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Welcome to Astronomy Online
A legally blind photographer/astronomer on disability so I use this site to contribute to society.


Last Updated: October 24, 2012 added graphics for the 88 constellations under Observation/The Night Sky.
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This site is a testament that even though I have a physical disability - legally blind - I can still do things that helps other people. I even have a new project: Astro-Drummer, a site dedicated to my other hobby.

I also have a new image gallery. I call it Second Site Image Gallery.

This is an educational website. It's never too late to learn astronomy, even for those who have not completed their primary (High School) education. A GED can get you in the door to college level courses and a good place to start is a website like Kokopeli High School Academy - free evaluation and a 75% success rate.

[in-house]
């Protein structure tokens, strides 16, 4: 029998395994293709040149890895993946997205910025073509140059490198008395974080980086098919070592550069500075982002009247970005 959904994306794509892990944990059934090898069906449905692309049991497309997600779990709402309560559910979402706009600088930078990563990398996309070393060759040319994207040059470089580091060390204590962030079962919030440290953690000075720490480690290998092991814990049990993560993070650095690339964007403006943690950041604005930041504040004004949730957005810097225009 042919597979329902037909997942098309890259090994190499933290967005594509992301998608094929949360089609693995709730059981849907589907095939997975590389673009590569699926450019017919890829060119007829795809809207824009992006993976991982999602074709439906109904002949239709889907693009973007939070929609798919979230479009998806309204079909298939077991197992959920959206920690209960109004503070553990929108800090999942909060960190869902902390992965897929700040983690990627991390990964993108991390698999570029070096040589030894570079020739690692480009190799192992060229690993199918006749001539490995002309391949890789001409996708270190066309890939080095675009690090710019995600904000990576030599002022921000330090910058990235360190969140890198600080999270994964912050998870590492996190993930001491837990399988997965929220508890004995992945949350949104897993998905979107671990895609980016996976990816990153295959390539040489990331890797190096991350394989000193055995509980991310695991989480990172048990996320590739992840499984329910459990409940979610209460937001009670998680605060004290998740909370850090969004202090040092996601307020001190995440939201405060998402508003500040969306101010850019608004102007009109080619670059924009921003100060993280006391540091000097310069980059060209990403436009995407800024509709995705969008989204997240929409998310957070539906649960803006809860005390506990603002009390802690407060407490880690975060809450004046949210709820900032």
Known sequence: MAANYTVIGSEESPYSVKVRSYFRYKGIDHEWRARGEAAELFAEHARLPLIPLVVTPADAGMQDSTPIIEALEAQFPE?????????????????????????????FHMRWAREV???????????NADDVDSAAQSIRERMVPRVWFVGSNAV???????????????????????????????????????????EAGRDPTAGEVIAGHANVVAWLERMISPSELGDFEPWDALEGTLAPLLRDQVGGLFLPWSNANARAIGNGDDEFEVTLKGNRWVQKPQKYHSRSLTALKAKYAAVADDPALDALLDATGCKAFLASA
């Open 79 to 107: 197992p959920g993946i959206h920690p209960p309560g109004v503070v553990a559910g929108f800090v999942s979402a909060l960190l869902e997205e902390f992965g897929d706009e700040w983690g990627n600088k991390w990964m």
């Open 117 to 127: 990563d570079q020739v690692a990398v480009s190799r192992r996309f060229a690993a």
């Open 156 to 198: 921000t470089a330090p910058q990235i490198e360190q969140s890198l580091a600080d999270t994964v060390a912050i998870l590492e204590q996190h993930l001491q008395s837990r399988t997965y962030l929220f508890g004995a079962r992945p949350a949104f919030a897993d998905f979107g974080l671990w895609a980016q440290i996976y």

InboxAstronomy: Our Sun Came Late to the Milky Way's Star-Birth Party Our Sun missed the stellar "baby boom" that erupted in our young Milky Way galaxy 10 billion years ago. During that time the Milky Way was churning out stars 30 times faster than it does today. Our galaxy was ablaze with a firestorm of star birth as its rich reservoir of hydrogen gas compressed under gravity, creating myriad stars. But our Sun was not one of them. It was a late "boomer," arising 5 billion years later, when star birth had plunged to a trickle.